What's Happening

Add these events to your plans for New Mexico summer adventures.

JULY 1–6, 19, 20

NORTHWEST FUN FESTS
The 28th Freedom Days Celebration in Farmington (July 1–6) includes a brass-band concert in Berg Park, a nighttime electric light parade, and one of the region’s largest car shows. A gem and mineral show attracts rock hounds from across the Southwest, and no Independence Day celebration would be complete without a magnificent fireworks display (505-326-7602; farmingtonnm.org). At the Animas River Blues and Brews Fest in Aztec (July 19), Janis Joplin– esque headliner Teresa James and her Rhythm Tramps hit the Riverside Park stage, along with Albuquerque bluesman Todd Tijerina, among others (505-330-4616; animasriverblues.com). The 32nd Land of Enchantment Rod Run in downtown Farmington (July 20) celebrates New Mexico’s vibrant classic-car and lowrider cultures. Many merchants and eateries keep their doors open late during this evening event. (505) 599- 1419; farmingtonnm.org

JULY 4
DÍA DE LA INDEPENDENCIA

The 126th Las Vegas Fiestas features a parade, live music, and a crafts fair in Plaza Park (505- 454-1401; mynm.us/meadowfourth). The Freedom Fourth Celebration at Balloon Fiesta Park in Albuquerque includes a fireworks display, a car show, a beer garden, and a performance by Grammy-winning Nashville star Wynonna Judd (505-768-3556; mynm.us/abqfourth). Smoke on the Water in Clovis features patriotic music, food, and the biggest fireworks display on the Eastern Plains (575-763-3435; clovisnm.org). In Socorro, the New Mexico Institute of Mining and Technology puts its explosives expertise to good use for the 22nd July 4th Celebration and fireworks display. (575) 835-5688; nmtpas.org

JULY 4–6
LOW AND SLOW

The 11th Pork and Brew BBQ State Championship held at the Santa Ana Star Center in Rio Rancho draws more than 20,000 fanatics and some of the nation’s top pit masters. Sanctioned by the Kansas City Barbeque Society, the event gives these seasoned cooks a chance to compete for prizes—and to make headway in earning a finalist spot in the American Royal World Series of Barbecue. “At this event,” says veteran barbecue competitor Kelly Wertz of Great Bend, Kansas, whose team took top honors at the 2013 Pork & Brew, “you have to be prepared for extreme changes in the weather. It keeps the pit masters and teams on their toes.” The Santa Ana Star Center introduces a new indoor-outdoor floor plan this year, so visitors will have plenty of room to stretch their wings (and drumsticks, and fists full of locally crafted beer). (888) 746-7262; rioranchonm.org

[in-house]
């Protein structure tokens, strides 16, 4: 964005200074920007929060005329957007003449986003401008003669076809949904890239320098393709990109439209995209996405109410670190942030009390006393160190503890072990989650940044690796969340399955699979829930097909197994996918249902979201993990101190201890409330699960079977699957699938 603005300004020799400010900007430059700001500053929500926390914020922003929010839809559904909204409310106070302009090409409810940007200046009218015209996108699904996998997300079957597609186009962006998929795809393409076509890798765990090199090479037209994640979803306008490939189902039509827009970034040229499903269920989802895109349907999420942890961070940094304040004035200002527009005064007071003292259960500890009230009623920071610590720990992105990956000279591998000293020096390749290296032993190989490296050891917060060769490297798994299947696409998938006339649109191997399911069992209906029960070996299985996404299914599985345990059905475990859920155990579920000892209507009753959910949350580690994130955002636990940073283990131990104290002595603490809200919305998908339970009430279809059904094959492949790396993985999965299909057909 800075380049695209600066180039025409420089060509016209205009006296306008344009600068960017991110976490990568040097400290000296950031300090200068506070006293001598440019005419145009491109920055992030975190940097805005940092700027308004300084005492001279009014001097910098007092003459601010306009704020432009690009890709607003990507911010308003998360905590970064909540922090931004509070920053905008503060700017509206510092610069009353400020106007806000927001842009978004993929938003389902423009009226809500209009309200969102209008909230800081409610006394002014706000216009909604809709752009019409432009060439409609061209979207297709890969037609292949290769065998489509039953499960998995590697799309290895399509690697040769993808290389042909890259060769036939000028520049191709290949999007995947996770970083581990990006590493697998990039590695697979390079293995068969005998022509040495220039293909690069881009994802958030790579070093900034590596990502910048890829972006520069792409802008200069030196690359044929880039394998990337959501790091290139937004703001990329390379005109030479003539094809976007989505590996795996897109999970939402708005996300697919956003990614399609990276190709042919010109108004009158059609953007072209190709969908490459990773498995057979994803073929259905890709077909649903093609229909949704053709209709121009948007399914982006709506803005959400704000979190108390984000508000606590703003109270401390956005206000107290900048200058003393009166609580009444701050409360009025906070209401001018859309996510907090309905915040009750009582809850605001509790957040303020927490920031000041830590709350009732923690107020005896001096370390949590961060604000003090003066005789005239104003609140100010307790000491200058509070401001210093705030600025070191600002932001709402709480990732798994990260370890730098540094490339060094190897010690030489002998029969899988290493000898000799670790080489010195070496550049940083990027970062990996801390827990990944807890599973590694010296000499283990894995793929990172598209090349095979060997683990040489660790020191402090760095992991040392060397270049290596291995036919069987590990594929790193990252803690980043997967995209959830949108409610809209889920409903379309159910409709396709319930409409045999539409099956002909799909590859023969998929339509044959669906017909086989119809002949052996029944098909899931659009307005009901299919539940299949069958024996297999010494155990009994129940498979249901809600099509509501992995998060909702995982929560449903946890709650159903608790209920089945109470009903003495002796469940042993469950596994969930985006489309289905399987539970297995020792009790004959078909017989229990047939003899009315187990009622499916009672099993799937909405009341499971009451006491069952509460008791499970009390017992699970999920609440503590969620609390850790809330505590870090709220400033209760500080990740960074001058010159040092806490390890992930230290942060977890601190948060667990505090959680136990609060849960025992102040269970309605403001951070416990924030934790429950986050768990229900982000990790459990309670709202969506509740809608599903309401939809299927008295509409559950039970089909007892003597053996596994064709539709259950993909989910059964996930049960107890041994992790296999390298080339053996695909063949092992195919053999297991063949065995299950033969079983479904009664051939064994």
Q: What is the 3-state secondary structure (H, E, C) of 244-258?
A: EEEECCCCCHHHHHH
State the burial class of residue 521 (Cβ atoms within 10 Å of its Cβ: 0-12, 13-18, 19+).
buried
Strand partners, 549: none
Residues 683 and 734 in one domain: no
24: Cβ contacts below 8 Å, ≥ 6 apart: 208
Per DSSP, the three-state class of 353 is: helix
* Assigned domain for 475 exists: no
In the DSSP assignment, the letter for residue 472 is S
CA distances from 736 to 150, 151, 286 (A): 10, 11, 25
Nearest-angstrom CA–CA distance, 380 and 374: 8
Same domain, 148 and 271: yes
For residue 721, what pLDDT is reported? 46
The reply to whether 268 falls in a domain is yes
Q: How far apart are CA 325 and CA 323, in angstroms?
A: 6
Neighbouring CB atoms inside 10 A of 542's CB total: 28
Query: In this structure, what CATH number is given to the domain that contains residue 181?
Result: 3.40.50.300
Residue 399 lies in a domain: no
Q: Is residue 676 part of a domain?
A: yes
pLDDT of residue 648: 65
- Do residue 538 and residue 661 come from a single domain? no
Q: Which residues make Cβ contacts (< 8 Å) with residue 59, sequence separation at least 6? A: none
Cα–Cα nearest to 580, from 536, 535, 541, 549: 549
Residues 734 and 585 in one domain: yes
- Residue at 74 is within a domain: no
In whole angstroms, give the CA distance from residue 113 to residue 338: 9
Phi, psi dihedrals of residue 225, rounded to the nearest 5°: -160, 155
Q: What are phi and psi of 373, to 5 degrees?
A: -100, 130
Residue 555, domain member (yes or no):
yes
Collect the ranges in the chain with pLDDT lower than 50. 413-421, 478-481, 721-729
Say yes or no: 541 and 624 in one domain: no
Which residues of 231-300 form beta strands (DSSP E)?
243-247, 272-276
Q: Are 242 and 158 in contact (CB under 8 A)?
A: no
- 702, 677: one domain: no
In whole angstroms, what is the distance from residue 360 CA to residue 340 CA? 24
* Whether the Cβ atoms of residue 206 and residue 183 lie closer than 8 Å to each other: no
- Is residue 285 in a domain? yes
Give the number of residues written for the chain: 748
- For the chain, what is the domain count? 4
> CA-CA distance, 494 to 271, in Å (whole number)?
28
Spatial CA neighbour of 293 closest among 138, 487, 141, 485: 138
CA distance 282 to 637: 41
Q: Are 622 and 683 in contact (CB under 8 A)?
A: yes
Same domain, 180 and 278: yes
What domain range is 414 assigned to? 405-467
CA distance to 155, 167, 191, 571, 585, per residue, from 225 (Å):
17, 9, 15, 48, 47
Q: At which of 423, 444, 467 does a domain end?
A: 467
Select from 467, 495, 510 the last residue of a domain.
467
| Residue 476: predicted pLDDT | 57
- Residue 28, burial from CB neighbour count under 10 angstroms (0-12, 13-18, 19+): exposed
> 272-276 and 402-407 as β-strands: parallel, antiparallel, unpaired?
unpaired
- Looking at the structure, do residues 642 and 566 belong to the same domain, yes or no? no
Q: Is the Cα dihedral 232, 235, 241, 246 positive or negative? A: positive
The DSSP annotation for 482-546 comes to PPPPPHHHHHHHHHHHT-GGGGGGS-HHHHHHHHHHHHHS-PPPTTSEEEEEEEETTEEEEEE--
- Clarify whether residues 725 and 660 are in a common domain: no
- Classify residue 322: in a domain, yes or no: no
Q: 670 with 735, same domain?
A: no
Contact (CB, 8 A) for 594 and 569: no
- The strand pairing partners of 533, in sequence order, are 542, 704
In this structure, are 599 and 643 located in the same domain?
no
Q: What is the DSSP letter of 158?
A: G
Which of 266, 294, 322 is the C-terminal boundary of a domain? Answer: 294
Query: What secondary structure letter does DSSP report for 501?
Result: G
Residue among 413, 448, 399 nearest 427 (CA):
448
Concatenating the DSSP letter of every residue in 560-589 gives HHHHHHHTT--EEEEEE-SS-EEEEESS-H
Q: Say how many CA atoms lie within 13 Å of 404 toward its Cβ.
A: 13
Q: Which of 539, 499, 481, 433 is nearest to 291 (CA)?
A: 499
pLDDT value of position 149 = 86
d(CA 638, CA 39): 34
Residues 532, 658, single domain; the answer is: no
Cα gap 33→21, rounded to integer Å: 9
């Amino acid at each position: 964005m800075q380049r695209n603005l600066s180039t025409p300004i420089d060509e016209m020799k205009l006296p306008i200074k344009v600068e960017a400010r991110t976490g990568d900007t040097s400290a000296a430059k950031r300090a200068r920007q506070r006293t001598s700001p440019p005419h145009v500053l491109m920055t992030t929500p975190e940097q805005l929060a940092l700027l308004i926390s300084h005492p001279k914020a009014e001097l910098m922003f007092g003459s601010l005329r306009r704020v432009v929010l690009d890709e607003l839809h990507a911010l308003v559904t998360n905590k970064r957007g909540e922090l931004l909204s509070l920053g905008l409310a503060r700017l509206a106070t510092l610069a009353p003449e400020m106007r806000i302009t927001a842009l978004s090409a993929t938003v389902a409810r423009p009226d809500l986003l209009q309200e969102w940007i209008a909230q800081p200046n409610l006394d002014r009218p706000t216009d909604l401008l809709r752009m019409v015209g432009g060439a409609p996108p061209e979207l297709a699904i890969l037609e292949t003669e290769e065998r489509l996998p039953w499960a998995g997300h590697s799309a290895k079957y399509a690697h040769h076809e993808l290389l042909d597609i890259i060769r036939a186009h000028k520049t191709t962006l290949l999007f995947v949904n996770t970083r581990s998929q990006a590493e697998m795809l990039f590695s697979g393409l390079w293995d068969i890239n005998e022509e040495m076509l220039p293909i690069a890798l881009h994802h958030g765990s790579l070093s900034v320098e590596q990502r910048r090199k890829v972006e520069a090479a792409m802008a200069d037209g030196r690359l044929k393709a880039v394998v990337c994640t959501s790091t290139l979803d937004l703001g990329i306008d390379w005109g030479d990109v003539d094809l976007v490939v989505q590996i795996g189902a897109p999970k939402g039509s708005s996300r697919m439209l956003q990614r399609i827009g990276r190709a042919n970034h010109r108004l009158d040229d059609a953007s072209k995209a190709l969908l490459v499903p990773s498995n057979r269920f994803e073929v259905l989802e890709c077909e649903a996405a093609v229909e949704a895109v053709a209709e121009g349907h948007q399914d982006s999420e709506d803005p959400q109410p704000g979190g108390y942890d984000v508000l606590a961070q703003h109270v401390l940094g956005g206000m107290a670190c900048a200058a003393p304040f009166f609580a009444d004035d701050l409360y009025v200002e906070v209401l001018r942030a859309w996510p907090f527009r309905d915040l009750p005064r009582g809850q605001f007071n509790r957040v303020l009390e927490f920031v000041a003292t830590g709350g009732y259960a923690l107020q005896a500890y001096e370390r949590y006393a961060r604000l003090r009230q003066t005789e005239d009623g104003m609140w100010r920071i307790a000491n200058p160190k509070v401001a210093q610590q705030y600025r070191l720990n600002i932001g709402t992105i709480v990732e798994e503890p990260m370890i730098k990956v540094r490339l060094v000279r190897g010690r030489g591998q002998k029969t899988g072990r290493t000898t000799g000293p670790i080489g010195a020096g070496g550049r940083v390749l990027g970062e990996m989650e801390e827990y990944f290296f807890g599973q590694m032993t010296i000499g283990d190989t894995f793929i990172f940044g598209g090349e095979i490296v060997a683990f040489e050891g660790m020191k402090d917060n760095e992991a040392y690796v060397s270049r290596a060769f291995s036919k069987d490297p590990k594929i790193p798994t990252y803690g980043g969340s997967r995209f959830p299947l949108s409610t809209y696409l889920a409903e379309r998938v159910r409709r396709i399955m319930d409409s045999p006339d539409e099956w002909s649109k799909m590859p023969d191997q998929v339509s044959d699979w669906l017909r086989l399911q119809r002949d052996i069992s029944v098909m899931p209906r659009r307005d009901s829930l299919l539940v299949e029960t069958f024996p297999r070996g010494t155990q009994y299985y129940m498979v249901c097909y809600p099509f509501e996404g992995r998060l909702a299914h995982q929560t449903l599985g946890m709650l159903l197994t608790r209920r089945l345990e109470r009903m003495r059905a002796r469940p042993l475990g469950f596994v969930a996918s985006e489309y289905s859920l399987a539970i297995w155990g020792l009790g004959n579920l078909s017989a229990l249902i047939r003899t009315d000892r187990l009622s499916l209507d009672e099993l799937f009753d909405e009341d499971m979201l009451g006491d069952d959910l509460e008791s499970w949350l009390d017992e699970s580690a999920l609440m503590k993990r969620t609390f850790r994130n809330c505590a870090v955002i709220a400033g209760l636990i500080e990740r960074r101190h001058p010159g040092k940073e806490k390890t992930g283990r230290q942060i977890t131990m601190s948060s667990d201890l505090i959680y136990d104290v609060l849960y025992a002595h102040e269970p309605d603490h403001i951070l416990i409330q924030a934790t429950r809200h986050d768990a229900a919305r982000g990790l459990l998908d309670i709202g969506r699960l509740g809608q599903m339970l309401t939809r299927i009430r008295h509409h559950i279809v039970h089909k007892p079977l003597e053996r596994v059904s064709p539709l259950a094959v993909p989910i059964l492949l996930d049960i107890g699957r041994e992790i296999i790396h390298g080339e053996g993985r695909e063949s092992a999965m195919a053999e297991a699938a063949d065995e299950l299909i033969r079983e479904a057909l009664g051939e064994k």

JULY 5, 12
SPIN CYCLES

The USA Cycling–sanctioned Gran Fondo is a 105-mile race through Taos, Mora, and Angel Fire (July 5). If the Gran Fondo and 84-mile Medio Fondo routes seem a bit ambitious, there’s also a 46-mile Micro Fondo route (719-434-4200; taossportsalliance.com/ bicycling). Mountain bikers, take note: The New Mexico Endurance Series presents the Chama Redneck Epic, a 101-mile race from Chama to Antonito, Colorado (July 12). Riders may instead choose to ride in shorter races. nmes.wordpress.com/rides/chama-redneck-epic

JULY 14, 26
FEAST DAYS

Located about 20 miles southwest of Santa Fe among the cone-topped white cliffs of the Kasha-Katuwe Tent Rocks National Monument, Cochiti Pueblo remains a vibrant center of daily life and Pueblo cultural traditions. In celebration of its patron saint, San Buenaventura, the Pueblo hosts a feast day on July 14. Besides viewing a traditional corn dance, visitors can sample Native foods and shop at arts-and-crafts vendors, many of whom create storytellerfigurine pottery in a style influenced by famed Cochiti potter Helen Cordero (505-465-2244; pueblodecochiti.org). On July 26, Santa Ana Pueblo, located eight miles northwest of Bernalillo, hosts a feast day and corn dance honoring its patron saint, Saint Anne. Native artists will sell pottery and fiber arts alongside vendors and cooks offering products that utilize the Pueblo’s legendary blue corn. (505) 771-6700; santaana.org

JULY 26–AUGUST 3
MUDSLINGERS

Silver City is nestled near the cottonwoodgilded Mimbres Valley, an area in southern New Mexico once occupied by the Mimbres people. The valley’s rich deposits of clay inspired its ancient inhabitants to create some of the most striking functional and decorative pottery in the Southwest. Since 2012, ceramist Lee Gruber has overseen the Silver City Clay Festival, aka CLAY. “The Mimbres culture left behind a marvelous record of earthenware artifacts that speak to the importance of something as simple as mud, or clay, to the creative and cultural enrichment of a people,” Gruber says. The program includes free kids’ pottery classes, archaeological tours, a mini film festival, and the juried international exhibitions Neo-Mimbreño and A Tile & A Vessel. Festivalgoers and serious ceramists can sign up for an array of two- and three-day workshops, including “Mata Ortiz Pottery,” led by artists Diego Valles and Carla Martínez. Free lectures such as “1000 Years of Upland Mogollon Pottery” give further insight into the valley’s enduring love affair with clay. (575) 538-5560; clayfestival.com